• Kris Bordessa Post author

      I love that so many organizations/groups here suggest bringing our own dinnerware to avoid that waste!

  • TMM

    Totally agree with all of it, with one small (okay, not so small) dilemma. I love the cloth diaper idea, but I live in California. I’ve been doing some reading about how much extra water is required to clean cloth diapers, and we’re doing everything we can in our house right now to reduce our water usage as much as possible to deal with the drought. We’re expecting our first child in October, and as much as cloth diapering appeals to me, I simply can’t get out between this rock and hard place that diapering options have put me in. We’re already going to be expanding our laundry load exponentially (if the experience of all my mommy friends holds true for us), and adding a grey water system to our laundry room would be impossibly cost-prohibitive for our family at this time. So I think we’re going to have to go with an eco-friendlier disposable diaper brand for our nugget and start working on elimination communication asap. We’re trying to reduce our use of plastic all the time, but right now water conservation is priority numero uno.

    • Kris Bordessa Post author

      This is *always the conundrum about cloth vs. disposable, and in a drought-ridden state a tough call. I applaud you for giving it such thought! And may you get rain soon. (Chances of that are slim till fall, now though…)

  • ATF

    I like the post!

    I always prefer not to buy “to go” in order to avoid packaging but I was surprised to find out that there is a trend here, in Germany, to package the food you buy in reusable jars, for example, or your drinks in your own thermo. Is the trend also arriving in USA?

    • PENELOPE

      Hi! Some places in Eugene, OR will honor my “no plastic” request. Others look at me like I have 2 heads! I keep asking so they get used to it!!

  • Ev

    I heartily support the elimination communication route for reducing diaper waste. Both my kids were largely done with diaper poops by a year and diapers in general before two. Plus you end up ‘catching’ most of their pees in the potty and we saved a load on diapers there. I can’t recommend it enough!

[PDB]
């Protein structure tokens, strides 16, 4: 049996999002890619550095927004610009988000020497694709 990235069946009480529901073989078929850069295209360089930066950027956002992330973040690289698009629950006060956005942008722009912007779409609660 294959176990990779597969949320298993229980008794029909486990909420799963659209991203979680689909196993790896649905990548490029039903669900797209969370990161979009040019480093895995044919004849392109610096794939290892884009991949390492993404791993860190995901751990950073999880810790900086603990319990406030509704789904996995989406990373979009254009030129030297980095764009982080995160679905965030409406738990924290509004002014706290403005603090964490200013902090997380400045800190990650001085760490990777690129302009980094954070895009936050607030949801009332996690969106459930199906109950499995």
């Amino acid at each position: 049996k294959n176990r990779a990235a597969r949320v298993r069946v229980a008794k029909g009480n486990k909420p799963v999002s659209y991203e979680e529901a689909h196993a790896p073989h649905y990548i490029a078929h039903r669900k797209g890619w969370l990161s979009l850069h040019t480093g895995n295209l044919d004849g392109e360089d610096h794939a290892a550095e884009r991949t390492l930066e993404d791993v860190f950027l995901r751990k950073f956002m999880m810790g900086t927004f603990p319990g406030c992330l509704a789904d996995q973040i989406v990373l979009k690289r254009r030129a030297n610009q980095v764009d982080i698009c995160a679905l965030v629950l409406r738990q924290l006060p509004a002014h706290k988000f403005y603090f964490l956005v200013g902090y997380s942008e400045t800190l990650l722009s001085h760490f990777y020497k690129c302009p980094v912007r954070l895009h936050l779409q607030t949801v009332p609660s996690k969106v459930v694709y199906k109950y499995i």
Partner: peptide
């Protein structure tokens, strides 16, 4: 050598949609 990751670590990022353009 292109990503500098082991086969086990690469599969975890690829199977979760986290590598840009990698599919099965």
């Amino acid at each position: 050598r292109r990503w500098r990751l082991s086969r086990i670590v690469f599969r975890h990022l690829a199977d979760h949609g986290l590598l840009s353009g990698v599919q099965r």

• Daeric

    You mentioned reusable diapers…what about cloth menstrual products? Wary to switch, but I’ll never go back. I have a menstrual cup and many cloth pads now that are so much better for my skin, and the environment. We have started switching to cloth ‘paper’ towels and have different types for floors, dishes and food so they are never mixed up. Next on the trial list…family cloth aka cloth toilet paper. All this cloth does not cost me any extra laundry. I just wash most with the bath towels and the floor cloths with the rugs.

  • Rene

    As I type a response on my plastic phone and get ready to start my day, I am going to pay close attention to all the plastic I use today. I hope to find that much of it can be replaced! Thanks for writing this!

    • Kris Bordessa Post author

      And I’ll respond on my plastic keyboard… It IS a part of our lives, like it or not, but we sure can be smarter about the *unnecessary uses.

  • Beth @ Hooked on Health

    I absolutely love this post and while I am extremely conscientious about reducing my plastic use as in, cloth napkins, no disposable plates etc, refusing straws and taking my own canvas shopping bags to the store to name a few, I see I have more progress to make. Thank you for such a thought provoking post.